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Narendra Bharathi
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Narendra Bharathi

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A climate hero

This is Alberto Behar in Greenland with the robotic boat he designed.  How fast is Greenland melting due to global warming?  Where does the water go?  Some people sit around and argue.  Others go and find out.

It was very warm in Greenland from July 11th to 13th, 2012.  Scientists from NASA traveled by helicopter to study the melting ice.  They mapped rivers and streams over 5400 square kilometers of Greenland.   They found 523 separate drainage systems - small streams joining to form larger streams and rivers.

The water in every one of these flowed into a moulin!  A moulin is a circular, vertical shaft.  Water pours down the moulin and goes deep below the surface - sometimes forming a layer between ice and the underlying rock.  This layer can help glaciers slide down toward the ocean.  And this water reaches the ocean fast. 

In the area they studied, a total of between 0.13 and 0.15 cubic kilometers of water were flowing into moulins each day.  That's a lot!  That would be enough to drain 2.5 centimeters of water off the surface each day. 

To study the flow of water, Alberto Behar designed two kinds of remotely controlled boats.  One was a drone boat that measured the depth of the water and how much light it reflected, allowing the researchers to calibrate the depth of the surface water from satellite images. They used this boat on lakes and slow-flowing rivers.  But for dangerous, swift-flowing rivers, Behar developed disposable robotic drifters that measured the water's velocity, depth and temperature as they swept downstream.

Just a few days ago, Alberto Behar died in a plane crash.  The plane he was flying crashed shortly after he took off from a small airport near NASA’s Jet Propulsion Laboratory in Pasadena, California. 

So, his coauthors dedicated their paper on this research to him.  Here is is:

• Laurence C. Smith et al, Efficient meltwater drainage through supraglacial streams and rivers on the southwest Greenland ice sheet, Proc. Nat. Acad. Sci.,

Check out the cool images and maps.
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Cosmological billiards and spacetime crystals

In 1970, Belinksii, Khalatnikov and Lifschitz discovered that when you run time backwards toward the Big Bang, a homogeneous universe behaves like a billiard ball.  As you run time back, the universe shrinks, but also its shape changes.  Its shape moves around in some region of allowed shapes... and it 'bounces' off the 'walls' of this region!

These guys considered the simplest case: a universe with 3 dimensions of space and 1 dimension of time, containing gravity but nothing else.   In this case the region of allowed shapes is a triangle in the hyperbolic plane.  I showed it to you last time.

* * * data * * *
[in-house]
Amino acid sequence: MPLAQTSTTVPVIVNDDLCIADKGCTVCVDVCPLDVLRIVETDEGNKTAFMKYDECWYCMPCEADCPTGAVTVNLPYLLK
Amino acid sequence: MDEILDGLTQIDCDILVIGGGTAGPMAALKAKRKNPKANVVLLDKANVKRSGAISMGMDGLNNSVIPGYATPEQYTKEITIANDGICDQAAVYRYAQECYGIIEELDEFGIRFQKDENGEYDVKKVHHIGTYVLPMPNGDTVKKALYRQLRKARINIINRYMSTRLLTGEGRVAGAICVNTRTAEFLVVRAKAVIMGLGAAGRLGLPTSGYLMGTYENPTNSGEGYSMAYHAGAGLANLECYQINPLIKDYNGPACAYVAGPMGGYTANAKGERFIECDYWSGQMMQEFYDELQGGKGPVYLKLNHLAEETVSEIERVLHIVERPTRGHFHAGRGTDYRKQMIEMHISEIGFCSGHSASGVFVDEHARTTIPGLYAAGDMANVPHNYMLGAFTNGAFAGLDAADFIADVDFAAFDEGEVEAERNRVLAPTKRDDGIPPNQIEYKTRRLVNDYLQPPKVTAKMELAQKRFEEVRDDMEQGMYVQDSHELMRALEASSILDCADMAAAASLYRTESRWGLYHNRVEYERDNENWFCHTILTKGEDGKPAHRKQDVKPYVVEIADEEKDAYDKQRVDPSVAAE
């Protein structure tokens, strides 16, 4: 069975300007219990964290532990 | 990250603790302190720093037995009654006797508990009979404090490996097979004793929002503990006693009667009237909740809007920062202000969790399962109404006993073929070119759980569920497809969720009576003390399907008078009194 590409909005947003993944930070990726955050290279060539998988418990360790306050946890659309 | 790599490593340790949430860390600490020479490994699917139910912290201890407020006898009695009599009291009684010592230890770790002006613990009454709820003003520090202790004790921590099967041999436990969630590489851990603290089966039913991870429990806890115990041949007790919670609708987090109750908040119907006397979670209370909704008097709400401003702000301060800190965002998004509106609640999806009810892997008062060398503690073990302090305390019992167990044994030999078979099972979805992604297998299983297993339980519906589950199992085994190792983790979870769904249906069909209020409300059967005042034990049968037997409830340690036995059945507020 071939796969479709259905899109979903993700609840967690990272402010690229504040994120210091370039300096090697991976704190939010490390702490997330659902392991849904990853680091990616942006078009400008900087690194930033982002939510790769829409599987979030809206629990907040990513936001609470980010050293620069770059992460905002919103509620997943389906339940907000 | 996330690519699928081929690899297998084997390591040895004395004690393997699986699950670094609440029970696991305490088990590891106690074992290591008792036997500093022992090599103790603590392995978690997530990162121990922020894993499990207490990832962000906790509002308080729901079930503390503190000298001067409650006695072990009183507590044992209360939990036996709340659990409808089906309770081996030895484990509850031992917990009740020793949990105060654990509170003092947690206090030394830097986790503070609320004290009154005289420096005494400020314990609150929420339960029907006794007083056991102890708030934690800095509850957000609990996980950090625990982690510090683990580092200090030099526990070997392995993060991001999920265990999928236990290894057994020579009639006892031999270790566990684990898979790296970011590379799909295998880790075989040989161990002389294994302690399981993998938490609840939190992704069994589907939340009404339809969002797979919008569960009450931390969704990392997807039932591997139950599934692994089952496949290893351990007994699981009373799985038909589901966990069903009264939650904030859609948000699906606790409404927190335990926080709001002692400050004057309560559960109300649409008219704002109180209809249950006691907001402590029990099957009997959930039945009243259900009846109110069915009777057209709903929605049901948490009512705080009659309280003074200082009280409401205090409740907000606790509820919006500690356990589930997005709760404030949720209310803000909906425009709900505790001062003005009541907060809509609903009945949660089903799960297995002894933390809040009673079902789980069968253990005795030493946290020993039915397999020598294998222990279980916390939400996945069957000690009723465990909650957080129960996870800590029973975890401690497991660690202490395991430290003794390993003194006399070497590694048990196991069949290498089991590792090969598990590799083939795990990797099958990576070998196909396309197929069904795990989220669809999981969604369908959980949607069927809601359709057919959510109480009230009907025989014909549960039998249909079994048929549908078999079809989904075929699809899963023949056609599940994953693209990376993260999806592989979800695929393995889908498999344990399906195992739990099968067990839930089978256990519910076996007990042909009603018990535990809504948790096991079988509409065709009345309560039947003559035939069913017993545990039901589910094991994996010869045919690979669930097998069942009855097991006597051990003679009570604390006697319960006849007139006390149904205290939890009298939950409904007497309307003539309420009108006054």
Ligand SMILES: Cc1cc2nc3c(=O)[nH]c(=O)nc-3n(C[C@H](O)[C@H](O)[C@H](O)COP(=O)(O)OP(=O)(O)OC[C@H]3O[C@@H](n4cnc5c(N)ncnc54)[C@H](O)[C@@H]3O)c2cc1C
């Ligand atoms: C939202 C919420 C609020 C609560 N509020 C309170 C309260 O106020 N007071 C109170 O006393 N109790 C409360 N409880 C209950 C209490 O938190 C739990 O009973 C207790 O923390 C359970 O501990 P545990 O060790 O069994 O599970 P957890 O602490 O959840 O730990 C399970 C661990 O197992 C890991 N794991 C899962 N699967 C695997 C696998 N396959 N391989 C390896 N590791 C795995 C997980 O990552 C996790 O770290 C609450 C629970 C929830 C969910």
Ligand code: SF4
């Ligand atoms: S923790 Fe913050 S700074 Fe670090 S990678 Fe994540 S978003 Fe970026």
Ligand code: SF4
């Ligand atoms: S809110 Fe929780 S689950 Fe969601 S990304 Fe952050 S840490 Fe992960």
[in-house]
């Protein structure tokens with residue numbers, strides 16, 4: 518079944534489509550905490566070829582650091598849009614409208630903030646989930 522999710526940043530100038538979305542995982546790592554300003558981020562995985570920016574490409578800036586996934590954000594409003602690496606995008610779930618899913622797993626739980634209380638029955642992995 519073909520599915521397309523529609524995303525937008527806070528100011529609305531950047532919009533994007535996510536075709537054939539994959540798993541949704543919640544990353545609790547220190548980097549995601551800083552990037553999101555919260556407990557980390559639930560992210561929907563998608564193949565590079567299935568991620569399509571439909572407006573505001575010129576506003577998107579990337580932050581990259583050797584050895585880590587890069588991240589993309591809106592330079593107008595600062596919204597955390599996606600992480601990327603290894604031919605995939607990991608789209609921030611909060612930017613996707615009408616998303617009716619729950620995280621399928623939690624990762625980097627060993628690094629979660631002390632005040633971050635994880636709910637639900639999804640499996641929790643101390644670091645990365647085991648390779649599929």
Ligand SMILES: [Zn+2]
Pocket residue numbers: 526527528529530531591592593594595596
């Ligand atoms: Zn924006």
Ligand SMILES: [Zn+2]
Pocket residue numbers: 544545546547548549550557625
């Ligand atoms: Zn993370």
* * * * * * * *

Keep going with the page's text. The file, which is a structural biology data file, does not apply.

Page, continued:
So, running time backwards in this kind of universe is mathematically very much like watching a frictionless billiard ball bounce around on a strangely curved triangular pool table.

But you can play the same game for other theories: gravity together with various kinds of matter, in universes with various numbers of dimensions.  And when people did this, they discovered something really cool.   Different possibilities gave different kinds of pool tables!

When space has some number of dimensions, the pool table has dimension one less.   As far as I know, it's always sitting inside 'hyperbolic space', a generalization of the hyperbolic plane.  And it's always a piece of a hyperbolic honeycomb - a very symmetrical way of chopping hyperbolic space into pieces.  

The picture here, drawn by +Roice Nelson, shows a hyperbolic honeycomb in 3-dimensional hyperbolic space.   So, one tetrahedron in this honeycomb could be the 'pool table' for a theory of gravity where space has 4 dimensions.  (In fact it doesn't quite work like this: we have to subdivide each tetrahedron shown here into 24 smaller tetrahedra to get the 'pool tables'.  But never mind.)

Even better, these stunningly symmetrical patterns arise from what I called spacetime crystals.   The technical term is 'hyperbolic Dynkin diagrams', and I told you about them earlier.   The picture here, in 3 dimensions, arises from a spacetime crystal in 4 dimensions.  That's how it always works: the crystal has one more dimension than the pool table.

And here's the really amazing thing: mathematicians have proved that the highest possible dimension for a spacetime crystal is 10.   This gives you a 9-dimensional pool table, which is the sort of thing that could show up in a theory of gravity where space has 10 dimensions.

And there is a theory of gravity in where space has 10 dimensions:  it's called 11-dimensional supergravity, because there's also 1 dimension of time in this theory.   String theorists like this theory of gravity a lot, because it seems to connect all the other stuff they're interested in. 

It turns out this particular theory of gravity gives a spacetime crystal called E10.  There are several other 10-dimensional spacetime crystals, but this is the best.